All about using capos.

by: Bruce Campbell

Normally, I don’t advocate cheating, but it’s hard to play bluegrass guitar, and next-to-impossible to play bluegrass banjo without a capo, also known as a “cheater bar”. I first discovered capos when I saw Keith Richard using one with the Stones, so I bought one of those cloth-covered, elastic ones, and began a love/hate relationship with the devices that continues to this day. In rock music, they’re pretty much an option – bar chords are very prevalent, and amplification often makes up for the lack of the sound of open strings.

Once I started playing Bluegrass though, I learned there are several ubiquitous riffs (a/k/a the “G run”), that necessitates playing from a first position (that is, on the first three frets) regardless of the key. So the capo became a standard item in the guitar case. I grew adept at popping that bad boy on when playing in anything but G or A. Now–you mandolin, fiddle and bass players may snicker–but for guitar and banjo pickers, capos are a big deal.

Of course, I graduated from the cheap, difficult-to-use stretchy capo to more dependable models. The Kyser worked well for me: one-hand action, easy to store on the peghead when not using. Later, I switched to a Shubb for purely aesthetic reasons – I liked the slim, low profile of it. They both worked well. Maybe I’m easy to please, or maybe my ear is not critical enough to notice much difference between decent capos.

My pal Lynn Q is a different story. She has had a long quest in search of the Perfect Capo. Oh, she’s tried the Kyser, the Paiges and the Shubbs – they weren’t right to her critical ear. So, she invested time and money in various other configurations. She prowled the vendors’ tents and tables at festivals all over the country, ready to spend whatever it took to get the Perfect Capo. And it was elusive, my friends. She would find what seemed to be the Holy Capo, only to discover, after some weeks of use that there was a tell-tale buzz or rattle on certain areas of her guitar neck. My heart went out to her, and I felt like a musical Philistine for being satisfied with my $20 models! Her search seems to be at an end. While in Nashville at IBMA a few years ago,, she located what may be the Perfect Capo for her. She found a Ptacek – boasting fine construction, and Paige-like ability to slide above the nut when not in use. I wish them many happy years together. It was nice that the seller was able to arrange a reasonable mortgage for financing the device, too!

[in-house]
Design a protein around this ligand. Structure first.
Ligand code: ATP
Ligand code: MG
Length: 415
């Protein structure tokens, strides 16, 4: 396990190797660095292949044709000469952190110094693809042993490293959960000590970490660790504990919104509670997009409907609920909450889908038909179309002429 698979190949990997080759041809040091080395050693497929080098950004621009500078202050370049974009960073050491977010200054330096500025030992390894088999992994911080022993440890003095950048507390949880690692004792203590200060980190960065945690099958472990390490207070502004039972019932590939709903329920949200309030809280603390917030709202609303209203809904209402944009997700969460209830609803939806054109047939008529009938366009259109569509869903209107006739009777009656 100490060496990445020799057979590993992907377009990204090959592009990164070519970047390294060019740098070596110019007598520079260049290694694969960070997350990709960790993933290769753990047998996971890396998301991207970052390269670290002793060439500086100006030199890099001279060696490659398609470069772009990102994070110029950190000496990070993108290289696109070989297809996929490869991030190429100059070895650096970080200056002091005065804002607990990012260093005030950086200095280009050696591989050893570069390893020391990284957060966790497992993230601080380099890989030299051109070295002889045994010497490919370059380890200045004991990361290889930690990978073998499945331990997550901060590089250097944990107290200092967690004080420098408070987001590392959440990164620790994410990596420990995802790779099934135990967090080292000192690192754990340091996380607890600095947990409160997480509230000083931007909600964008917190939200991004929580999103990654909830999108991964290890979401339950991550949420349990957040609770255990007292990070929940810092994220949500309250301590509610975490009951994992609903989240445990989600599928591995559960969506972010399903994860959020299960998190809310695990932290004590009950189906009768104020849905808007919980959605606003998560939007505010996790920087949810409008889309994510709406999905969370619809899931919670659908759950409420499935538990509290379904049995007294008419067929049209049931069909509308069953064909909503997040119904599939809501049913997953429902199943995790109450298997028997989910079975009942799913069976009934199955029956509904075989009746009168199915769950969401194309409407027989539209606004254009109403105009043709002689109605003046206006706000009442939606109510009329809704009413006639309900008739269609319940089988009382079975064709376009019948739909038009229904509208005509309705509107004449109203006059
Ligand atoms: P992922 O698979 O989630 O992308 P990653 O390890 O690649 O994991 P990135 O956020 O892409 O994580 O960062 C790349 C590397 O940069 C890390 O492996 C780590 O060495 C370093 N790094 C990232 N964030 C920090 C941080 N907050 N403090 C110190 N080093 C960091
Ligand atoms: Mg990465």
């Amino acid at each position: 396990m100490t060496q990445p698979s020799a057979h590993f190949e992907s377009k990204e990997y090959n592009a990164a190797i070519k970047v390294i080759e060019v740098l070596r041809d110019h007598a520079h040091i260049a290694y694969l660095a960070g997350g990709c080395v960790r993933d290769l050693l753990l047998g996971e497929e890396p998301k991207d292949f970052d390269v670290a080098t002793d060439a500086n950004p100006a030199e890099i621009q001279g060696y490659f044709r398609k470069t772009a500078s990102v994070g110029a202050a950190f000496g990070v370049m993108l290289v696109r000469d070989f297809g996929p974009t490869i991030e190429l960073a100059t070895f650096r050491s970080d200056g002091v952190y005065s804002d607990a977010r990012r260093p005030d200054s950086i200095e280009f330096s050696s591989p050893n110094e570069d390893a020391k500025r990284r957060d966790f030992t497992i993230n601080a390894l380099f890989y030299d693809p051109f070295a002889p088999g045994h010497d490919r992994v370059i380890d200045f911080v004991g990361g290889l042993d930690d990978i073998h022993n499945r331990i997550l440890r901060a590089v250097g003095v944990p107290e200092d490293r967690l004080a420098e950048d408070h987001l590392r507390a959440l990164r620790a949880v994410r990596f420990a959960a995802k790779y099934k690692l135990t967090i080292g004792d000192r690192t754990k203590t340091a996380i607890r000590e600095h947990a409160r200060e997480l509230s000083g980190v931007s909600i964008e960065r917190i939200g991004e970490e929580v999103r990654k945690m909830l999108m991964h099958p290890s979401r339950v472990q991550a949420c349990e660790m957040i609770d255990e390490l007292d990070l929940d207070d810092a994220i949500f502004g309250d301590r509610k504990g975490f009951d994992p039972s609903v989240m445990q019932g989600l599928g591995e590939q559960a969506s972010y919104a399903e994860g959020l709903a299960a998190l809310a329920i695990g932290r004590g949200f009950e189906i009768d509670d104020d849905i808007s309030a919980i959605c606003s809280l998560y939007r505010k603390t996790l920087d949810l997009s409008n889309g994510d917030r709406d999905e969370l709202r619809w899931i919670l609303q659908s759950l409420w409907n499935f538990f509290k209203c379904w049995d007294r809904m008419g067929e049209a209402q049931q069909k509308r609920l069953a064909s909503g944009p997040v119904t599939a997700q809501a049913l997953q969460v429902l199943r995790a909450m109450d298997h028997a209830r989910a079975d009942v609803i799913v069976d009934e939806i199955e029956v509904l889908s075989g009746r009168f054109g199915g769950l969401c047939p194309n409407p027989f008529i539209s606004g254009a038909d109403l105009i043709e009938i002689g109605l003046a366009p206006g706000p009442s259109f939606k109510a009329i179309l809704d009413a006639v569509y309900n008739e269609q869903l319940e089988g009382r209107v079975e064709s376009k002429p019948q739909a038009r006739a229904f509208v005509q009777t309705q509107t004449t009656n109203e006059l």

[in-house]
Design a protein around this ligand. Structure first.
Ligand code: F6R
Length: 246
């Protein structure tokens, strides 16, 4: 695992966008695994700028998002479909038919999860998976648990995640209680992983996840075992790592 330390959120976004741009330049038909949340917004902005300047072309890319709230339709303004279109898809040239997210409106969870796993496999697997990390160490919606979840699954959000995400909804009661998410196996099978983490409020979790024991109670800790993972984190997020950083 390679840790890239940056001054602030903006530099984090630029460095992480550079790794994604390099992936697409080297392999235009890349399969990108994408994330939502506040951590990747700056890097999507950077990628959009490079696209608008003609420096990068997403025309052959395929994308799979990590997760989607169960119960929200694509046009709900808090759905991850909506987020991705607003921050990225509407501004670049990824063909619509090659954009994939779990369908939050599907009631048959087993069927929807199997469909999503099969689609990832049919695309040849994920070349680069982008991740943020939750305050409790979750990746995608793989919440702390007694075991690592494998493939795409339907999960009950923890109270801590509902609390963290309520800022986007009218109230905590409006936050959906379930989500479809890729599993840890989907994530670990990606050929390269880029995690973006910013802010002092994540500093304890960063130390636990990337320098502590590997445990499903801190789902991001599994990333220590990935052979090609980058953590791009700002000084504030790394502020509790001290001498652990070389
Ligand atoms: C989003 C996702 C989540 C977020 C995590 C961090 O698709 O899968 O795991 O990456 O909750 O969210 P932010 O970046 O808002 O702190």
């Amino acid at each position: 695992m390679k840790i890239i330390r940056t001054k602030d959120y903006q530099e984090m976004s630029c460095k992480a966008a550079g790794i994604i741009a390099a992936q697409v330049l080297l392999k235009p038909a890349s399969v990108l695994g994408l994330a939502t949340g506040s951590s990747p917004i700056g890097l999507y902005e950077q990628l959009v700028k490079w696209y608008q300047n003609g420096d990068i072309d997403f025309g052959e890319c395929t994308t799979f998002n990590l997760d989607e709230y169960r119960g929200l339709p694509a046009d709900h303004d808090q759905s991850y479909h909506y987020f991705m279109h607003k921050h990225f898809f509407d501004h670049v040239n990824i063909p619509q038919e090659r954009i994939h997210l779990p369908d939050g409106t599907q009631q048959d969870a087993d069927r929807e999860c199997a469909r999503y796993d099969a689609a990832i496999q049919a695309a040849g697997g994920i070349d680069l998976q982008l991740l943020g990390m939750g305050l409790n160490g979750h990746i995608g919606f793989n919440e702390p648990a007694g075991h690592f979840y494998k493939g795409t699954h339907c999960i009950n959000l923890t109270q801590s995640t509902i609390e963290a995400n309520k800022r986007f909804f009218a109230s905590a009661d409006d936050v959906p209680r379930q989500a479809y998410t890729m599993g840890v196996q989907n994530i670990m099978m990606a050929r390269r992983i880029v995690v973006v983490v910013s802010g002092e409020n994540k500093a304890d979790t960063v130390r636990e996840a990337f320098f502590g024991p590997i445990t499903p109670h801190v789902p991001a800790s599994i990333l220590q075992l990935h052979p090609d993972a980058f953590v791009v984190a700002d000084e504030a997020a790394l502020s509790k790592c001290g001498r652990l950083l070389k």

Capos perform another, less well-known function. They are frequently the source of Extreme Performance Anxiety when they become lost or break just as the band is about to hit the stage. And you can’t ask the audience for one, because you’d be pelted to death by flying Shubbs, Paiges and Kysers. No one would throw a Ptacek, though!